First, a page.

Alcott, Louisa May - SSC 14

Alcott, Louisa May - SSC 14 by Behind a Mask (v1.1)

Book: Alcott, Louisa May - SSC 14 by Behind a Mask (v1.1) Read Free Book Online
Authors: Behind a Mask (v1.1)
useful and happy here, and I am
unwilling that your folly should rob her of a home which she likes."
"You are very thoughtful and devoted all at once, but I beg you will not
trouble yourself. Jean's happiness and home will be my care now."
"My dear boy, do be reasonable. The thing is impossible. Miss Muir sees it
herself; she came to tell me, to ask how best to arrange matters without
troubling my mother. I've been to town to attend to your affairs, and you may
be off now very soon."
"I have no desire to go. Last month it was the wish of my heart. Now I'll
accept nothing from you." And Edward turned moodily away from his brother.
"What folly! Ned, you must leave
home. It is all arranged and cannot be given up now. A change is what you need,
and it will make a man of you. We shall miss you, of course, but you will be
where you'll see something of life, and that is better for you than getting
into mischief here."
"Are you going away, Jean?" asked Edward, ignoring his brother
entirely and bending over the girl, who still hid her face and wept. She did
not speak, and Gerald answered for her.
"No, why should she if you are gone?"
"Do you mean to stay?" asked the lover eagerly of Jean.
"I wish to remain, but—" She paused and looked up. Her eyes went from
one face to the other, and she added, decidedly, "Yes, I must go, it is
not wise to stay even when you are gone."
Neither of the young men could have explained why that hurried glance affected
them as it did, but each felt conscious of a willful desire to oppose the
other. Edward suddenly felt that his brother loved Miss Muir, and was bent on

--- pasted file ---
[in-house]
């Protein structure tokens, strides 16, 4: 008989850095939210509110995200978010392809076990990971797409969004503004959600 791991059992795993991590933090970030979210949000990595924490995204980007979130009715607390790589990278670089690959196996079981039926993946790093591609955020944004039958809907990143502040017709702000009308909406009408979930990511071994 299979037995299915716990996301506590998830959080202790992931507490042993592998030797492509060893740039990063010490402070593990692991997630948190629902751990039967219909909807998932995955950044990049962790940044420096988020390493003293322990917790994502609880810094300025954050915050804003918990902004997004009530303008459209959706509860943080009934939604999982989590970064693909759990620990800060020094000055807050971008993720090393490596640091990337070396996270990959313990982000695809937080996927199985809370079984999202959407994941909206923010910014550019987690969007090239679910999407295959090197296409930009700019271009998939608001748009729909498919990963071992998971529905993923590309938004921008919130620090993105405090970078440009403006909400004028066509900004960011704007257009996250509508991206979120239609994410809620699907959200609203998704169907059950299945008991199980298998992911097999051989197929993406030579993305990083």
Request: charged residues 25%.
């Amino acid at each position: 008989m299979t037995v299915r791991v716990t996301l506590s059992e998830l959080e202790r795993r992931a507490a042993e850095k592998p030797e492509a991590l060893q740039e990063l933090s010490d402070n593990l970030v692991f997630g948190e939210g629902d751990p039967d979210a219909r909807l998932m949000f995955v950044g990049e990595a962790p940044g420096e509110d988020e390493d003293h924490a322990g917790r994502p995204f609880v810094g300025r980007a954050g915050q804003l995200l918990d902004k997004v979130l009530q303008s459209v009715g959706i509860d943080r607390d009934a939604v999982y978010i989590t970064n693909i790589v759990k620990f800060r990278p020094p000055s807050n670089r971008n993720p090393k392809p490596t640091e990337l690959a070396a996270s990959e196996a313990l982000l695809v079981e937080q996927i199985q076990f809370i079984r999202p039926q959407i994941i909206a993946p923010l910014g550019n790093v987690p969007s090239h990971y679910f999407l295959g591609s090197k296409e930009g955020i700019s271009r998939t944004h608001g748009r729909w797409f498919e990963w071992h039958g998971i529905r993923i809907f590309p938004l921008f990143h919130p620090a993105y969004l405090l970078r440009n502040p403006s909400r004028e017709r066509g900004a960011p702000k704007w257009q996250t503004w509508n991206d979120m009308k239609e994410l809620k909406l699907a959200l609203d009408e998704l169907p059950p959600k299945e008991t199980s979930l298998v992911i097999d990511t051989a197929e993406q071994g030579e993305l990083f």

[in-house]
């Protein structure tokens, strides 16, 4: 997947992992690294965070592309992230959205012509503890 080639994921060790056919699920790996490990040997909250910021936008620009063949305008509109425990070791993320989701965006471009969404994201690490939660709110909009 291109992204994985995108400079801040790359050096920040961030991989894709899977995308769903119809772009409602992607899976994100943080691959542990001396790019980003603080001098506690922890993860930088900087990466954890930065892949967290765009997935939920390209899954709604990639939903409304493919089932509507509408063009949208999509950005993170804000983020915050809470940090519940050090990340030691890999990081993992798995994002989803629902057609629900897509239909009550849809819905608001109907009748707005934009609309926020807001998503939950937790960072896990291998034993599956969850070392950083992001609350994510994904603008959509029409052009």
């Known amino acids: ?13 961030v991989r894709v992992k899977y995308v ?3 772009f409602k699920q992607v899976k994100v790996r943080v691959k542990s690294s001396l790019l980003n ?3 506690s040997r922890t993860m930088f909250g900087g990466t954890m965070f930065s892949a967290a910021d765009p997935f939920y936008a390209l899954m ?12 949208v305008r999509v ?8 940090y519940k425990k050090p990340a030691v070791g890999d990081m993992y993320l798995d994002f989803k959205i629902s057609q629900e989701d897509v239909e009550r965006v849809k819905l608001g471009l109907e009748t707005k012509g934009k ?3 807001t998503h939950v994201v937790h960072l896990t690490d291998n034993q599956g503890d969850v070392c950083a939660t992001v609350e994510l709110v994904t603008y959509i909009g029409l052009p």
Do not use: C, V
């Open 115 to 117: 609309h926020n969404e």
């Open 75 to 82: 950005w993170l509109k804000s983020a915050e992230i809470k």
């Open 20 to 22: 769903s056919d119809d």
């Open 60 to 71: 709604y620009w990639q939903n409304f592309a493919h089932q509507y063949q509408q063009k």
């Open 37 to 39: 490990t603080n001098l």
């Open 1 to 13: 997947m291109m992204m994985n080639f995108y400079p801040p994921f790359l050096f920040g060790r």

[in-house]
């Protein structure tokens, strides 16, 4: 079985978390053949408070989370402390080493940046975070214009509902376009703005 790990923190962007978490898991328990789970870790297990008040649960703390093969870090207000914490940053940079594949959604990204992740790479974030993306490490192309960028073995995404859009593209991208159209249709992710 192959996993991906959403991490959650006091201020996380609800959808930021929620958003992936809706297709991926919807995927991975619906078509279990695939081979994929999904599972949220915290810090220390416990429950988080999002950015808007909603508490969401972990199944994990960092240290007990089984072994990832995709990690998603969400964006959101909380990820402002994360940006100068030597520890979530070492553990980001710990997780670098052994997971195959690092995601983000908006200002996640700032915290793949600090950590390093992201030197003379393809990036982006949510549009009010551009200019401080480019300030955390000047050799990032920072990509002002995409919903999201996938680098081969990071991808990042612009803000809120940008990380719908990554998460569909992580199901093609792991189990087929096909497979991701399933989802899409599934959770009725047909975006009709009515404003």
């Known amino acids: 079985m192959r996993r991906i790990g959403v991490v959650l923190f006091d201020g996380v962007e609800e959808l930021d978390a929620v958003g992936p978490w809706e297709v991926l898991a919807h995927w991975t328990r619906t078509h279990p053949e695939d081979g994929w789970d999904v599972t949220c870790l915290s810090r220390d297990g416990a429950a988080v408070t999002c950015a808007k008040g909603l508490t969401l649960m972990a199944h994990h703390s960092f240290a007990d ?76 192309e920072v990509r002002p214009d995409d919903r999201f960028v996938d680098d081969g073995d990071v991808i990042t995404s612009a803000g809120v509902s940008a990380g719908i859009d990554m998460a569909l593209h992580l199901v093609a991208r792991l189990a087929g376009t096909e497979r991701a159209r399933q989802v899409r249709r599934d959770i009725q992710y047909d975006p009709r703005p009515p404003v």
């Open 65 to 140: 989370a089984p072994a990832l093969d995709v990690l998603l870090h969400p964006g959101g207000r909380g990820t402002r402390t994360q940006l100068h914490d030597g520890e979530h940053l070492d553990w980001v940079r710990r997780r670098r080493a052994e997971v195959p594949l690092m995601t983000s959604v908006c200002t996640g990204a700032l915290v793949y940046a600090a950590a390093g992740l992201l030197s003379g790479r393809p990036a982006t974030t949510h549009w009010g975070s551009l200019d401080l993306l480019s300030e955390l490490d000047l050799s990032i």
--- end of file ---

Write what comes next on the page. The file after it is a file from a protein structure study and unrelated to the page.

removing her from his way. Gerald had a vague idea that Miss Muir feared to remain
on his account, and he longed to show her that he was quite safe. Each felt
angry, and each showed it in a different way, one being violent, the other satirical.
"You are right, Jean, this is not the place for you; and you must let me
see you in a safer home before I go," said Ned, significantly.
"It strikes me that this will be a particularly safe home when your
dangerous self is removed," began Coventry , with an aggravating smile of calm
"And I think that I leave a more
dangerous person than myself behind me, as poor Lucia can testify."
"Be careful what you say, Ned, or I shall be forced to remind you that I
am master here. Leave Lucia's name out of this disagreeable
affair, if you please."
"You are master here, but not of
me, or my actions, and you have no right to expect obedience or respect, for
you inspire neither. Jean, I asked you to go with me secretly; now I ask you
openly to share my fortune. In my brother's presence I ask, and will have an answer."
He caught her hand impetuously, with a defiant look at Coventry , who still smiled, as if at boy's play,
though his eyes were kindling and his face changing with the still, white wrath
which is more terrible than any sudden outburst. Miss Muir looked frightened;
she shrank away from her passionate young lover, cast an appealing glance at
Gerald, and seemed as if she longed to claim his protection yet dared not.
"Speak!" cried Edward, desperately. "Don't look to him, tell me
truly, with your own lips, do you, can you love me, Jean?"

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